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IRS should speed efforts to reissue refunds stolen in identity theft scams

Putting together a tax return and sending it on time to the Internal Revenue Service is stressful enough. Worrying that someone has stolen your identity and your refund should not be adding to that stress.

There have been many stories about the various scams thieves have been using. In one shakedown making the rounds, fraudsters have taken to telephoning innocent people and tricking them into believing they owe the government money – which must be wired immediately.

Now, comes one more thing to think about while waiting on the refund: It may never get to the correct person.

Indeed, thieves may have already stolen that hard-earned refund. In Western New York alone, an estimated 4,800 tax filers found this nasty surprise. Even worse is the amount of time it takes to resolve the issue.

According to reports, it can take the IRS about 300 days to resolve tax fraud cases that result from thieves stealing Social Security numbers and then using those numbers to file fraudulent tax returns and collect the refunds.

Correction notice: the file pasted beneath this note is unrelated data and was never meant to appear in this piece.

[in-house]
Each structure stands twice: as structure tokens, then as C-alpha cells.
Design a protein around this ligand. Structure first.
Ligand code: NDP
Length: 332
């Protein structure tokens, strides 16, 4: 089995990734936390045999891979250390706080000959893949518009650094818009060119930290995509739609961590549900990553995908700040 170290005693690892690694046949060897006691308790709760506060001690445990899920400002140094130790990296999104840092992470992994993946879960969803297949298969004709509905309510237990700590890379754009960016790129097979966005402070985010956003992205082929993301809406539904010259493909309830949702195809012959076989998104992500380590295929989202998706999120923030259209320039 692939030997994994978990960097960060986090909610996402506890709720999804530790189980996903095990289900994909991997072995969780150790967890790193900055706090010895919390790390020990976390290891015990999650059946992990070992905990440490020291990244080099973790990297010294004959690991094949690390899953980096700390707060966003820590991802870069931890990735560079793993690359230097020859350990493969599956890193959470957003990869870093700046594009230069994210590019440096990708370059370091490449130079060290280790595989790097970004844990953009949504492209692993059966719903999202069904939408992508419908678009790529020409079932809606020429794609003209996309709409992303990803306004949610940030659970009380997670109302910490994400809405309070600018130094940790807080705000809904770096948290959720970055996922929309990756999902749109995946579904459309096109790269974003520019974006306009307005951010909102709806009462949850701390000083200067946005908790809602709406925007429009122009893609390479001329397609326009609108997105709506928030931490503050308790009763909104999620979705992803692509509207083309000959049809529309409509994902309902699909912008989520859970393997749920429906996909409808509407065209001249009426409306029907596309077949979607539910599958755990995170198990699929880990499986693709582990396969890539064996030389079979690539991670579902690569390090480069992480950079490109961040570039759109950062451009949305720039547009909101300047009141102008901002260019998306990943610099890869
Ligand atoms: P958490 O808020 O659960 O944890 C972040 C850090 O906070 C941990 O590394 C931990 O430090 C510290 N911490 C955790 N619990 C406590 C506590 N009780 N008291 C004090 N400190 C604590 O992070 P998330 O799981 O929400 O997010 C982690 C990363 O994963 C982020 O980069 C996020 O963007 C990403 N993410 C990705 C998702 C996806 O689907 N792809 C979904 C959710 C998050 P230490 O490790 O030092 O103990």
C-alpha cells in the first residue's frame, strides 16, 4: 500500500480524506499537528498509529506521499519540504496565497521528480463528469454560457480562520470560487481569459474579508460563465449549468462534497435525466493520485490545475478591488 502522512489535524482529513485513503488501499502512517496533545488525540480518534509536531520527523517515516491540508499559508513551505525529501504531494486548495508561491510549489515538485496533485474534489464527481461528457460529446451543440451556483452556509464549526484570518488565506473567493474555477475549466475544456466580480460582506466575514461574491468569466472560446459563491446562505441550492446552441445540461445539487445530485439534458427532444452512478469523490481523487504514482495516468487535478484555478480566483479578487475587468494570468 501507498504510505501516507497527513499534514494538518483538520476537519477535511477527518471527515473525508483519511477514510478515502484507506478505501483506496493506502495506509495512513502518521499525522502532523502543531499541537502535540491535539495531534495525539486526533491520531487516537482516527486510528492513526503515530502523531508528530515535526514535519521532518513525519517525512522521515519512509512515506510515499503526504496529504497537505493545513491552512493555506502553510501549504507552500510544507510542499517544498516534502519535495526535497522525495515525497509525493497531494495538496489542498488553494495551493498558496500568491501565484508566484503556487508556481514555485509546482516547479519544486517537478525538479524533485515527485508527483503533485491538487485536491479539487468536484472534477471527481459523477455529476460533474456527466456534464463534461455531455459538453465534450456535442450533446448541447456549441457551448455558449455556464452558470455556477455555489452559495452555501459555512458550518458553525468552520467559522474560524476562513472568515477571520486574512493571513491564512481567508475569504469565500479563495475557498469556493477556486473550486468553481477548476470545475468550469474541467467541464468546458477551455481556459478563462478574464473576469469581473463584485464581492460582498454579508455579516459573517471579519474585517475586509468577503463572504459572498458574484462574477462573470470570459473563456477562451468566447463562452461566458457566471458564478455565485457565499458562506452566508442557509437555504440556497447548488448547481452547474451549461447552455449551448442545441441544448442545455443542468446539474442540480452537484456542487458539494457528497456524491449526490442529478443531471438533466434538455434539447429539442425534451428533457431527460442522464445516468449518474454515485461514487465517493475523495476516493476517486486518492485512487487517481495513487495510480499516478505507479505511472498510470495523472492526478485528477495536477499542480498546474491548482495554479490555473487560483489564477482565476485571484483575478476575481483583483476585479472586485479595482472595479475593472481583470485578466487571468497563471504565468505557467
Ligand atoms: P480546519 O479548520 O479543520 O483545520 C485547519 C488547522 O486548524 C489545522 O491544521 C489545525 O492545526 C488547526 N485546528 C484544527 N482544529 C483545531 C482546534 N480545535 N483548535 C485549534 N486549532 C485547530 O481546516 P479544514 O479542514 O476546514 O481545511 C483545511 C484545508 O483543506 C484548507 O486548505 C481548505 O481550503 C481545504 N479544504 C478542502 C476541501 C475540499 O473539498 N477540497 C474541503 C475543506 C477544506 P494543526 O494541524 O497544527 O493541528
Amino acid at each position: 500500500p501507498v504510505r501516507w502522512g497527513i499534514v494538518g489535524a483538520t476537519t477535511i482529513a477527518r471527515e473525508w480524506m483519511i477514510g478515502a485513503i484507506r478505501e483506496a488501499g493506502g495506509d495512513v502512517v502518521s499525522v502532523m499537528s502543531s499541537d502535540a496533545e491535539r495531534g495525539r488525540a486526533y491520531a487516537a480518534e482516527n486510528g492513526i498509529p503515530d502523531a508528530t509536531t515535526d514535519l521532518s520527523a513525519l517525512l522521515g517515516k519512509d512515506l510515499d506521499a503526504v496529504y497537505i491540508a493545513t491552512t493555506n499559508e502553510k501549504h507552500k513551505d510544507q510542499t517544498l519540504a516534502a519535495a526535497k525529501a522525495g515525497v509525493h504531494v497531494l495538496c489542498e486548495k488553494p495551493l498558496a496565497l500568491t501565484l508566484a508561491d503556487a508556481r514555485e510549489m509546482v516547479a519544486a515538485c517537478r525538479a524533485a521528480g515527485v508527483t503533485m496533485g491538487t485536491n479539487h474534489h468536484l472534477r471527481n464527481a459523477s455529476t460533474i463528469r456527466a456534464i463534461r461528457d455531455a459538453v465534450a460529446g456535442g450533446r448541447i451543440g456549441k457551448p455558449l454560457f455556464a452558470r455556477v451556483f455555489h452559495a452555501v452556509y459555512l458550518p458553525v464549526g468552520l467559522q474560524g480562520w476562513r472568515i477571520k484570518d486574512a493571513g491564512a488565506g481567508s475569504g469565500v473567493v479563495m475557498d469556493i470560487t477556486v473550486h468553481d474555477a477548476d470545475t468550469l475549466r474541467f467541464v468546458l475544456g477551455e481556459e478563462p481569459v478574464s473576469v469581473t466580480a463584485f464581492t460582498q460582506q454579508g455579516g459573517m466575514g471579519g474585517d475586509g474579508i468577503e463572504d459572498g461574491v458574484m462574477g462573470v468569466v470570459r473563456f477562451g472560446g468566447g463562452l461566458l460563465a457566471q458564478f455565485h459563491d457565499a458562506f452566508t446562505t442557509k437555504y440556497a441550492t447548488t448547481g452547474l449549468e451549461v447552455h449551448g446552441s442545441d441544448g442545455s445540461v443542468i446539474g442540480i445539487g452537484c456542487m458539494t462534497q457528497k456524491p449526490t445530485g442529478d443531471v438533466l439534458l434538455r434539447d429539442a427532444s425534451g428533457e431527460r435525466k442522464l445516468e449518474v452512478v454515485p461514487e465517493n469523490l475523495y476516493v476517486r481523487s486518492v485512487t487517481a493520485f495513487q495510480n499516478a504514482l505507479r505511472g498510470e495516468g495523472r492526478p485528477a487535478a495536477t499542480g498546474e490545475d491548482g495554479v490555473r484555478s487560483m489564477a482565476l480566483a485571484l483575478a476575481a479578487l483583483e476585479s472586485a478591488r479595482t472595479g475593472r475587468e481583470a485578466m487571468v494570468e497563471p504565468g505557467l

Some of the cases take far longer to resolve, sometimes up to three years. That just makes the crime even worse for the victimized taxpayer.

Most folks count on their refunds for everything from paying down bills to taking a much-needed vacation. Certainly not to fall victim to thieves and then endure an excruciating wait to get their money. This is why Sen. Charles E. Schumer, D-N.Y., is absolutely on target in supporting a bill introduced by Sen. Bill Nelson, D-Fla., that would require the IRS to establish a single point of contact for fraud victims and cut the resolution time to 90 days.

These days the IRS is working overtime to try to comply with constantly updated regulations while coping with a shrinking budget, an issue Congress must work to resolve. The IRS can’t be forced to just stand by while entrepreneurial and technologically savvy thieves prey on innocent citizens – 70,000 in New York alone last year, according to the IRS. According to Schumer’s office, an estimated 3,307 Erie County taxpayers were victimized, along with 769 in Niagara County, 478 in Chautauqua County and 238 in Cattaraugus County.

People need to do what they can to protect themselves against identity theft, but sometimes even the smartest people don’t stand a chance against criminals cashing in on stolen identities. The government should not compound the loss by making taxpayers wait months and months to get their money.